Despite an apparent weakness in its economy, China is importing record volumes of oil and is buying record amounts of Russian crude to add to stockpiles.
During the first half of 2023, Chinese imports of Russian crude oil averaged 2.13 million barrels per day (bpd), which helped Russia oust its OPEC+ partner Saudi Arabia from the top spot as the single biggest supplier to the world’s top crude importer so far this year, per Financial Times estimates based on Chinese customs data. Imports from the world’s top crude oil exporter, Saudi Arabia, averaged 1.88 million bpd between January and June, according to FT’s calculations.
In June alone, China broke – for yet another month – the record for importing Russian crude oil, per data from the Chinese General Administration of Customs cited by Reuters. Chinese imports from Russia averaged 2.56 million bpd last month, a surge of 44% compared to the same month in 2022, the Chinese customs data showed.
The previous record, of 2.29 million bpd, was set in May as Chinese refiners continued to buy discounted Russian oil. The discounts for Russia’s crude narrowed relative to the benchmarks in June, but this didn’t stop China from boosting imports and breaking in June the record from May.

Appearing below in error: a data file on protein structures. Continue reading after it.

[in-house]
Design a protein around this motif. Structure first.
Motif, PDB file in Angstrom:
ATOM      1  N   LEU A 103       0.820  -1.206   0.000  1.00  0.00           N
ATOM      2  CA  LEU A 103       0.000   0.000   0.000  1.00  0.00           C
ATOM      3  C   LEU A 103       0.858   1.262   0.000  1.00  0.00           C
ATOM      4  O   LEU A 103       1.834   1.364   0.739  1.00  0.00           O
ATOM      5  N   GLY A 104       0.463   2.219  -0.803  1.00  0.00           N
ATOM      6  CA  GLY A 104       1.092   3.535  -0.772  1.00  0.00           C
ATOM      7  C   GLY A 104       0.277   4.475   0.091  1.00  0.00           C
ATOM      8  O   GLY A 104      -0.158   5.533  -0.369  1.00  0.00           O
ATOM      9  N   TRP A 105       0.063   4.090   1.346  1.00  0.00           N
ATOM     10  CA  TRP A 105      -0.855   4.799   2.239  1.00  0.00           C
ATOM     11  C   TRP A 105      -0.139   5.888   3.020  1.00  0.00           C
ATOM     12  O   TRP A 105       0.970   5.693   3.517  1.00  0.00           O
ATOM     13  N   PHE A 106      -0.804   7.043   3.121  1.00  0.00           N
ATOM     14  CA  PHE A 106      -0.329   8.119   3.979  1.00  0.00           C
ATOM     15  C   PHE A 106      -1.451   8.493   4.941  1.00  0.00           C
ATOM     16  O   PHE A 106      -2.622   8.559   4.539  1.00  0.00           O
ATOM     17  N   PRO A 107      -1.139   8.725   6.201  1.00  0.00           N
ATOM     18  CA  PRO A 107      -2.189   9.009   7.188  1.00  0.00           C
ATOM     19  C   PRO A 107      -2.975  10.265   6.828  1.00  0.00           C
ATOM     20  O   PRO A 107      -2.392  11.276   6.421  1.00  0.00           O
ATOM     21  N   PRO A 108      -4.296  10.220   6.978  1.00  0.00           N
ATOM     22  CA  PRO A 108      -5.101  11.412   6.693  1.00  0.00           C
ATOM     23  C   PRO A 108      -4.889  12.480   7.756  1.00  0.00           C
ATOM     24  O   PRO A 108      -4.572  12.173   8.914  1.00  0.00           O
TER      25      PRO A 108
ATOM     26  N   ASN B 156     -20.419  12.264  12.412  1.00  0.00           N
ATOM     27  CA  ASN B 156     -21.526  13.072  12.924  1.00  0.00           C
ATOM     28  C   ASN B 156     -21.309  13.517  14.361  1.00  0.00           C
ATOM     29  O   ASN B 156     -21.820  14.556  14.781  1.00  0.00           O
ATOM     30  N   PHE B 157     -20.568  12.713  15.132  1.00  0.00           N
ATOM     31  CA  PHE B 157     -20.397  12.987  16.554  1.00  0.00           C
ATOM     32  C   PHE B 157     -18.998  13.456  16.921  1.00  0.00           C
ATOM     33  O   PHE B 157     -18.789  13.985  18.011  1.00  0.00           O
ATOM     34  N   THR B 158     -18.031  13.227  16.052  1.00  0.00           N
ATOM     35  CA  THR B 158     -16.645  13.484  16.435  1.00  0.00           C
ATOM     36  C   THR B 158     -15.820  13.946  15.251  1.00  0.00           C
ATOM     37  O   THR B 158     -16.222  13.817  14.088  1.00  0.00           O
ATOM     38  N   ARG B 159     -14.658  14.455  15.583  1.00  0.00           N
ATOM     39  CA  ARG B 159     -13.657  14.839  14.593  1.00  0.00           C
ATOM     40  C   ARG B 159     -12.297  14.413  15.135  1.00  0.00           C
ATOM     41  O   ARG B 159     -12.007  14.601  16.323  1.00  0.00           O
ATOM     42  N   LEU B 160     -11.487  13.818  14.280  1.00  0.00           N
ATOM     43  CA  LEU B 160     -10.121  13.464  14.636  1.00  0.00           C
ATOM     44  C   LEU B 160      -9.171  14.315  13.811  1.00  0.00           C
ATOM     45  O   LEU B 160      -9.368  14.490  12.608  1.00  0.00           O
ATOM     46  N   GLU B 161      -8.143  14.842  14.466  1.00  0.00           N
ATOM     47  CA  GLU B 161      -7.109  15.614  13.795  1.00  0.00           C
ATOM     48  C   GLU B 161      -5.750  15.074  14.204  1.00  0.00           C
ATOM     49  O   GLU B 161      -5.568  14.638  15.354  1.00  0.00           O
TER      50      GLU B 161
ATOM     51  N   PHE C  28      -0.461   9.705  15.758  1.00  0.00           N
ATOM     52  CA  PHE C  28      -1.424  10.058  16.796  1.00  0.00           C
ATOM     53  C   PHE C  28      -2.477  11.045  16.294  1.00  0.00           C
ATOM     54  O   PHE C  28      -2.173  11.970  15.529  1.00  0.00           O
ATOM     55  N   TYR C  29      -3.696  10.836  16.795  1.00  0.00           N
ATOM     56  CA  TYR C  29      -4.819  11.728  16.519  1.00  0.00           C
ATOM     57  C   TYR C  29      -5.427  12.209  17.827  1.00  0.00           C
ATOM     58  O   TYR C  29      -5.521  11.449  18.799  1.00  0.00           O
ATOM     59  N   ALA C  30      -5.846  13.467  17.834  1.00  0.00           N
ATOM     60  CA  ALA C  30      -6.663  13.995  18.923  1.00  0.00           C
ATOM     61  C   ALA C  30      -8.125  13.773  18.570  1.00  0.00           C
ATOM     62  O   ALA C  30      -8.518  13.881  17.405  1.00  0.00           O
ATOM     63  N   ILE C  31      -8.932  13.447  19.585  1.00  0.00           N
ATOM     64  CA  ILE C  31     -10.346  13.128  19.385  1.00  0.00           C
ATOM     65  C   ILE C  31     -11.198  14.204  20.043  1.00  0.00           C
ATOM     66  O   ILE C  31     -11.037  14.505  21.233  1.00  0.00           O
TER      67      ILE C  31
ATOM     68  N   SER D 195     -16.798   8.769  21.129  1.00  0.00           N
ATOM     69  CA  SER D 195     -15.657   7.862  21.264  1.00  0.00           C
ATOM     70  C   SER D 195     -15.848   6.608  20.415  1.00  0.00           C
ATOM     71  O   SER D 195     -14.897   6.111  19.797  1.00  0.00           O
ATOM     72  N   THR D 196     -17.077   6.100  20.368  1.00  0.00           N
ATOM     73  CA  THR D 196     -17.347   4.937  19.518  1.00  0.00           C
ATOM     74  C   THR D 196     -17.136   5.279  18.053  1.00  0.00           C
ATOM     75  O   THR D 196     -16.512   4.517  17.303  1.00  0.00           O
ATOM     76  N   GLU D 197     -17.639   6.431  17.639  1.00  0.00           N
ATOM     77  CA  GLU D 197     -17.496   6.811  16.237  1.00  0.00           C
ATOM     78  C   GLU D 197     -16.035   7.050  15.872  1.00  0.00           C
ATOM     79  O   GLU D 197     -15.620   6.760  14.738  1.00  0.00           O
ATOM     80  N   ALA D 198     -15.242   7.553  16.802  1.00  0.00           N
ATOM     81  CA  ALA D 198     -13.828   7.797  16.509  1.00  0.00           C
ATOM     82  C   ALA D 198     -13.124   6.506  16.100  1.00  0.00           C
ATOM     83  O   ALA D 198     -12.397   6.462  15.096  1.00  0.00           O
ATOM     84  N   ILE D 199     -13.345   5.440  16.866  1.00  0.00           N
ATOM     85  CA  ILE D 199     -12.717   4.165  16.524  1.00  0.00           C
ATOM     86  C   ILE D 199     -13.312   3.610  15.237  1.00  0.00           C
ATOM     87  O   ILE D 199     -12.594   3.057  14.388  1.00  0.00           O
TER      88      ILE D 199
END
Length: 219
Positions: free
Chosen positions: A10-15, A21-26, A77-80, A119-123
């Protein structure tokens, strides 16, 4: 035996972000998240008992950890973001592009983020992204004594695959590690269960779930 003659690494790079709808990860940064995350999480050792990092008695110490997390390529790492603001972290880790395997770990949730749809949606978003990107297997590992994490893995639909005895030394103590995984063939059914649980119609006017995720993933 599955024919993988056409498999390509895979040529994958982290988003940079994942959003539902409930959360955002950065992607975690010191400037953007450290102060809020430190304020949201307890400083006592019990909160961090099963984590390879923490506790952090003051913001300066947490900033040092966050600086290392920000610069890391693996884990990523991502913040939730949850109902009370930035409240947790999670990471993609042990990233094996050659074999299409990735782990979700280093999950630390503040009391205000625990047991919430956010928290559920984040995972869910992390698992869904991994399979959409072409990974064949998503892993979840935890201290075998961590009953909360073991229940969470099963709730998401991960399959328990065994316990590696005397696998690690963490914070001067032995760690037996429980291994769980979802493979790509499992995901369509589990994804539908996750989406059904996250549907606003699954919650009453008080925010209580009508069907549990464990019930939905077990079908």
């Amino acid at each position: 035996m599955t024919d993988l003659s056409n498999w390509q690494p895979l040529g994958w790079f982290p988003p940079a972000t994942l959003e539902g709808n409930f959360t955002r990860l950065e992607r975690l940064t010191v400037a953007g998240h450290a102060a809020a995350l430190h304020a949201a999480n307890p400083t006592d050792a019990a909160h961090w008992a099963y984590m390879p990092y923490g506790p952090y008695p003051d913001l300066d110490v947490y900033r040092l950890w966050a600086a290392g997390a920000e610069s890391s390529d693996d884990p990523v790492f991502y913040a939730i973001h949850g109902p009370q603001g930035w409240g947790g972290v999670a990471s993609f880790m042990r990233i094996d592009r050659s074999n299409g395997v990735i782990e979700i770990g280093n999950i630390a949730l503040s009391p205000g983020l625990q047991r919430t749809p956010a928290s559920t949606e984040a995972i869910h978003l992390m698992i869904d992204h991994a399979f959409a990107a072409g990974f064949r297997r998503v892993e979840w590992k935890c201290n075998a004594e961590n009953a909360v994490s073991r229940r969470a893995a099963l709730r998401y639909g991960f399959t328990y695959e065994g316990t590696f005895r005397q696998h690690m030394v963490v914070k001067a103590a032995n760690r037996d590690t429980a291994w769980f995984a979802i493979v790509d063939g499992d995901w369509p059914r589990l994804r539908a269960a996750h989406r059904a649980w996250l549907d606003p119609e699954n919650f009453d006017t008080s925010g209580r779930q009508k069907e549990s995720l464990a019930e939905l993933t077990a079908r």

China’s imports from Saudi Arabia also rose in June, compared to May and June last year. But at 1.93 million bpd in June 2023, those imports still trailed behind the record-breaking Chinese crude oil imports from Russia.
Total Chinese oil imports are also surging. China’s crude oil imports in June jumped by 45.3% on the year to the second-highest monthly figure on record, as refiners continued building up inventories despite weak domestic demand. Oil imports in June totaled 12.67 million bpd—a sharp increase from a year ago when the country was still under Covid-19 lockdowns.
By Tsvetana Paraskova for Oilprice.com
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